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We have a network share that contains thousands of files. I am concerned that anyone with access to the internet could copy that information to a CD.

In addition to disabling all removable media, what else could I do to prevent someone from stealing our data?

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Are they a particular type of files? Do all users have access to all the files and do they require it? –  Mark Davidson Feb 14 '11 at 15:54
    
Two words: Air gap. –  Iszi Feb 14 '11 at 16:13
    
I don't know if an air gap is practical for our office situation. They are mostly text files and pdfs. –  SLY Feb 14 '11 at 16:17
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Can you add more context? See the faq. Exactly what access does who have now? If the info is available via CIFS and is only protected by a firewall and possibly a widely-known password on the share, this is not windows-specific since anyone could mount it remotely from most any platform. Do people have internet access from their desktops? Is the information immediately useful to anyone, suitable for resale in bulk or in small pieces, would you know if it was being used, would watermarking help, etc. etc. –  nealmcb Feb 14 '11 at 17:28
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I agree with @nealmcb, there's almost a good question in here but you need to be more specific about who has access to the info, who needs access to it, what it represents, what formats are used, etc. –  user185 Feb 14 '11 at 17:31
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5 Answers

up vote 1 down vote accepted

Your might want to give a look at FileAudit, as this software solution monitors, archives and reports on accesses (or access attempts) to sensitive data stored on Windows systems.

With a right click in Windows explorer or from the console, FileAudit instantly gives an error ridden and comprehensive list of:

  • read/write accesses
  • appropriation attempts (accepted or denied)
  • permission modification attempts (accepted or denied)

each record detailing:

  • the user
  • the domain
  • the date and time of connection and disconnection

for:

  • a file
  • a selection of files
  • a folder and subfolders
  • a selection of folders and subfolders
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I can't offer a Windows based solution for your problem, but I can suggest one for Linux which might be adaptable if it will suite your needs.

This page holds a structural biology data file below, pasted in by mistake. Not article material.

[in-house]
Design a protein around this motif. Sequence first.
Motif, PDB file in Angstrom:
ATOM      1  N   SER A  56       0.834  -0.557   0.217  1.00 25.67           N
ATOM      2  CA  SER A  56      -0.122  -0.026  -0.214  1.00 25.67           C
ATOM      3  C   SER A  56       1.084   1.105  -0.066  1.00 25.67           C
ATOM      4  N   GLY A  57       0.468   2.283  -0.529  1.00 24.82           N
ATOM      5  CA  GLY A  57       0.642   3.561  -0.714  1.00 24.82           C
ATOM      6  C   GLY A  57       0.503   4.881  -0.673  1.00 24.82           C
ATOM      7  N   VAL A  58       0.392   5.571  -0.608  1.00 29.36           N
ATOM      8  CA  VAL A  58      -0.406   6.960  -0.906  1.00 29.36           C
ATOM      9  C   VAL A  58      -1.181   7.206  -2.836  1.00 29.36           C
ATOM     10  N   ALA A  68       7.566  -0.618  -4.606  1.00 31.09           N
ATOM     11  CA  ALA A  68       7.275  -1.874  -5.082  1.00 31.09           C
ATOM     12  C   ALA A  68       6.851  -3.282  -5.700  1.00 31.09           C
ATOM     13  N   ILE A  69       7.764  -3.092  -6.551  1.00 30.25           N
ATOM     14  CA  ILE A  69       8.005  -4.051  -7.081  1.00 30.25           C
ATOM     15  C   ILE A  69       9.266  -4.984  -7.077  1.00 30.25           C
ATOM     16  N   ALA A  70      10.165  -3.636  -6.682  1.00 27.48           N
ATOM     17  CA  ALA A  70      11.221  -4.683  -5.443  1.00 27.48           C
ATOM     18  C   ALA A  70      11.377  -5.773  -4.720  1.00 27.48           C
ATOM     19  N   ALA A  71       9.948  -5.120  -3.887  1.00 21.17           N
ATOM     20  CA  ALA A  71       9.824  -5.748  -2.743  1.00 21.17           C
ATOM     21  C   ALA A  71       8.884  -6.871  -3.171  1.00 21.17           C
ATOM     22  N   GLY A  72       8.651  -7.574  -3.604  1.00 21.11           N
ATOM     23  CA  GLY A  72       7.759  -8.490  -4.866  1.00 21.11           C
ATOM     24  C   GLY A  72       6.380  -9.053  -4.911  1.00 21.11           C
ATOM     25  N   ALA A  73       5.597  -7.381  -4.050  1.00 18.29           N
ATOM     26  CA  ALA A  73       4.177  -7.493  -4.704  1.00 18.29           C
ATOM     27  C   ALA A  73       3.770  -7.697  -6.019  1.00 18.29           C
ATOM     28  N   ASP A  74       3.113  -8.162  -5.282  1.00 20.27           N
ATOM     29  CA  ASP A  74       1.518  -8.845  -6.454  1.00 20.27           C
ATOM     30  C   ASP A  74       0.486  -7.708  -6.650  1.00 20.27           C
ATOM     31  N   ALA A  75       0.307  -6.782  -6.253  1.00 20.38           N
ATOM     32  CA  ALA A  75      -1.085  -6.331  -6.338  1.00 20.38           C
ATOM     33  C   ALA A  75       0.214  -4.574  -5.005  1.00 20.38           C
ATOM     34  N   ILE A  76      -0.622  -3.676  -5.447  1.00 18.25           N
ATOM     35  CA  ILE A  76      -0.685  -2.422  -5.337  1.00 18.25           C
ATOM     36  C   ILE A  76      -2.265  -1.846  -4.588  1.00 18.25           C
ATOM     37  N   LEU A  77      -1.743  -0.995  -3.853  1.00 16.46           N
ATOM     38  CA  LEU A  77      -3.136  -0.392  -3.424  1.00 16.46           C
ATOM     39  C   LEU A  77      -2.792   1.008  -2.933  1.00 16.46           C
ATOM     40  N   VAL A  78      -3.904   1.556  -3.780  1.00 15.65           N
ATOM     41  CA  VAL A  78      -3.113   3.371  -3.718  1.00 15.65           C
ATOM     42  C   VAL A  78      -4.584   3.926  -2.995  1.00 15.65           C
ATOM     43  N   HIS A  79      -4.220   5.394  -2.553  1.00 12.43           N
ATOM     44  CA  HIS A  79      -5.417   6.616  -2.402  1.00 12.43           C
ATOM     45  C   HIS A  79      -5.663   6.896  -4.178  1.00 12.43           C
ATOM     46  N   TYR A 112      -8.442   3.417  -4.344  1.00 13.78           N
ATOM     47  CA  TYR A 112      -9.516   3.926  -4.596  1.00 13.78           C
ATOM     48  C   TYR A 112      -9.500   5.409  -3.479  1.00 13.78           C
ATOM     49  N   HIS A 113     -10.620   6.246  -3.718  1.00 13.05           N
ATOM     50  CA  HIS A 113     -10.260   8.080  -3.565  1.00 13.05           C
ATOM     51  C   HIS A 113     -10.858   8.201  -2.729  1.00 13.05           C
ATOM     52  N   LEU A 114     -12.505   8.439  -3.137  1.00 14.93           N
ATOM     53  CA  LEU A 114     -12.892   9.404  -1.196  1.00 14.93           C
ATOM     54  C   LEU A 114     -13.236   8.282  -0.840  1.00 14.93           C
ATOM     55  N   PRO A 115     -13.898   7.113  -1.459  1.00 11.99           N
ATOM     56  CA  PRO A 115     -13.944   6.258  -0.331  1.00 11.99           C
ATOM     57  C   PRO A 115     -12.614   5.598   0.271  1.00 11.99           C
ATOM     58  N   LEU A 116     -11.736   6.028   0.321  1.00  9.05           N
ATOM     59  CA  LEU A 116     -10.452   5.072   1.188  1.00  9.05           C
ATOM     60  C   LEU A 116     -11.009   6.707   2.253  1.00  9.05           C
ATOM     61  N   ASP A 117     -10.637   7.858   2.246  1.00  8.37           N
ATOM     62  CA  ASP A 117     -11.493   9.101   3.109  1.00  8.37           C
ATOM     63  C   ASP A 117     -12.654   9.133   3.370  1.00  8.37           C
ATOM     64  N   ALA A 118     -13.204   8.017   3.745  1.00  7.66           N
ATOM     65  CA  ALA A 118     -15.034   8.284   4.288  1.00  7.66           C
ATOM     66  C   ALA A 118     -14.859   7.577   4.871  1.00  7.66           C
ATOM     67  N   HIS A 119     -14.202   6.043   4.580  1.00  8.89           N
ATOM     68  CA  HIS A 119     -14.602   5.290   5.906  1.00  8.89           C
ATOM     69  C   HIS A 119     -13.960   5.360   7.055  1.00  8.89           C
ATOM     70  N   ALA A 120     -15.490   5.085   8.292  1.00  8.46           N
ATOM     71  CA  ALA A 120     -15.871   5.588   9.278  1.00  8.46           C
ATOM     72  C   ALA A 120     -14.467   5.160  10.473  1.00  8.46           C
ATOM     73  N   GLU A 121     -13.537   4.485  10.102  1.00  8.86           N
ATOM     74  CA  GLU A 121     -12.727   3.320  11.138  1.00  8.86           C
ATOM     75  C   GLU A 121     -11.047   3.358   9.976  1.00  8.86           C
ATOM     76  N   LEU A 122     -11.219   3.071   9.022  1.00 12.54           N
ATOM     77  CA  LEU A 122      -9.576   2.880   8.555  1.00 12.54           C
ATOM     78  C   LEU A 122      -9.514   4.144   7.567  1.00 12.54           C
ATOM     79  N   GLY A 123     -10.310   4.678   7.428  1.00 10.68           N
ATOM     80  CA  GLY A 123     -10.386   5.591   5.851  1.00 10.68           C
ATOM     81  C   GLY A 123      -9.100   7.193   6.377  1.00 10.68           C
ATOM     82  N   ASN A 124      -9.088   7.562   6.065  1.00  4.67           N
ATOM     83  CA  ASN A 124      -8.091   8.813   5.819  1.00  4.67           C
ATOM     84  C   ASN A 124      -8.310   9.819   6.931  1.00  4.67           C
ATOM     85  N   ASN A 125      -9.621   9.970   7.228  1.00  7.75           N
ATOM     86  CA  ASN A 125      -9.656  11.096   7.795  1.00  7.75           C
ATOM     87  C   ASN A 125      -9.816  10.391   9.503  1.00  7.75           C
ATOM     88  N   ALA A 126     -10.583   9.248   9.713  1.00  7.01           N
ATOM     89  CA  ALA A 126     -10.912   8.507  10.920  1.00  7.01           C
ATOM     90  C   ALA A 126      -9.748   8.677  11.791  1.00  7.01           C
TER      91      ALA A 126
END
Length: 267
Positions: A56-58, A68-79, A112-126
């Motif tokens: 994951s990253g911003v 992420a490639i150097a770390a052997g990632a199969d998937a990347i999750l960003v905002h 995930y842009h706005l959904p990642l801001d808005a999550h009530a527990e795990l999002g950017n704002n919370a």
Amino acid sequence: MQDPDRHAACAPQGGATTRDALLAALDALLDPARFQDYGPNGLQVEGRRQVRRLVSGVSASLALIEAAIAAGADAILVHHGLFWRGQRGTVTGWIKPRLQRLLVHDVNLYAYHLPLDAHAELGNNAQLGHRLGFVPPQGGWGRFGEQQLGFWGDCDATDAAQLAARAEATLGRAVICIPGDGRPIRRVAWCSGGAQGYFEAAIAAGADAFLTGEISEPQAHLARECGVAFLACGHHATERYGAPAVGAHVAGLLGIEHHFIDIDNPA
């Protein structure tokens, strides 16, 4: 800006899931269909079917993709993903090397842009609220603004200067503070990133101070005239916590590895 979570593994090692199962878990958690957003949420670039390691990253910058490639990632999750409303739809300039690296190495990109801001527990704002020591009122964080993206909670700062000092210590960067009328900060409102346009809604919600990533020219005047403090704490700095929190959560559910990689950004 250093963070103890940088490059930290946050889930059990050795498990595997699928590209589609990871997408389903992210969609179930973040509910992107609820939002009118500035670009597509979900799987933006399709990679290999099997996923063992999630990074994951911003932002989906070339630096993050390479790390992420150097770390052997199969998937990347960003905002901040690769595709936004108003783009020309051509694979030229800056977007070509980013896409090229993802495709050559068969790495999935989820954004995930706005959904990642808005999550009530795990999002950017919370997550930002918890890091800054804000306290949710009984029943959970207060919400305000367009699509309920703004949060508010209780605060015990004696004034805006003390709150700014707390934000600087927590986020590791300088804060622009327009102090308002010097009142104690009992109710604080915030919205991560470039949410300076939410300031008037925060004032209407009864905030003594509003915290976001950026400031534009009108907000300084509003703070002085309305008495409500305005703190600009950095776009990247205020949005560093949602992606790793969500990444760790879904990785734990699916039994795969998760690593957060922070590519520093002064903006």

Use the Samba Audit Module to monitor and log file access. You will then be able to see what users are accessing what files.
You can then either monitor this manually or write a script to detect an unusual amount of file activity.
For instance you could write a script to monitor and if a user pulls down X files in Y minutes flag an alert and perhaps automatically block their user account till an admin checks what’s going on. It obviously won't stop people stealing your data but will at least give you a better idea of who did and perhaps stop them before they get everything.

Resources

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Windows has this capability as well, but most people just turn it off because it would cause a massive bloat of the log files. –  Iszi Feb 14 '11 at 17:03
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@Iszi: if you need to audit that info, it isn't bloat ;) –  user185 Feb 14 '11 at 17:33
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If you want to prevent an insider from stealing your data, I'd guess you have only one strong defense: don't give them access to the data. In other words, use access control to limit their access to the data. If the insider has access to all the data, prevention is really hard.

One alternative is to detect signs of such misuse: e.g., where someone has accessed far more data than you would expect they would legitimately need for the purposes of their job. Detection is imperfect, and doesn't necessarily provide any great way to recover from such a leak, but it might provide some deterrence.

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I'm going to assume that you've already created folder level permissions. But, you don't mention whether or not you're running a Windows Active Directory Domain. If you are then you'll have a couple of great features up your sleeve, that won't cost you anything.

1) Active Directory Rights Management Server (RMS). This gives you granular control over access to documents, and whether or not people can email documents, print them, convert to PDFs and so on.

2) DFS namespace. Many people use DFS solely for replicating files. But a DFS namespace also acts as a virtual file-share. If people know the name of your file-server then they know a) where the files physically are and b) which server to attack! But a namespace acts as a proxy, so you can bury your files deep in your network.

Using these in combination with standard NTFS and SMB permissions will be a really effective defence. Good luck

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There are a range of products to do this, for example the McAfee DLP suite - a lot will depend on the scale required. I have only seen this work well in small to medium sized organisations, as the volume of data becomes incredibly difficult to manage in a larger organisation.

Even organisations that try to adhere to restricted/secret requirements get this badly wrong (wikileaks, anyone :-) )

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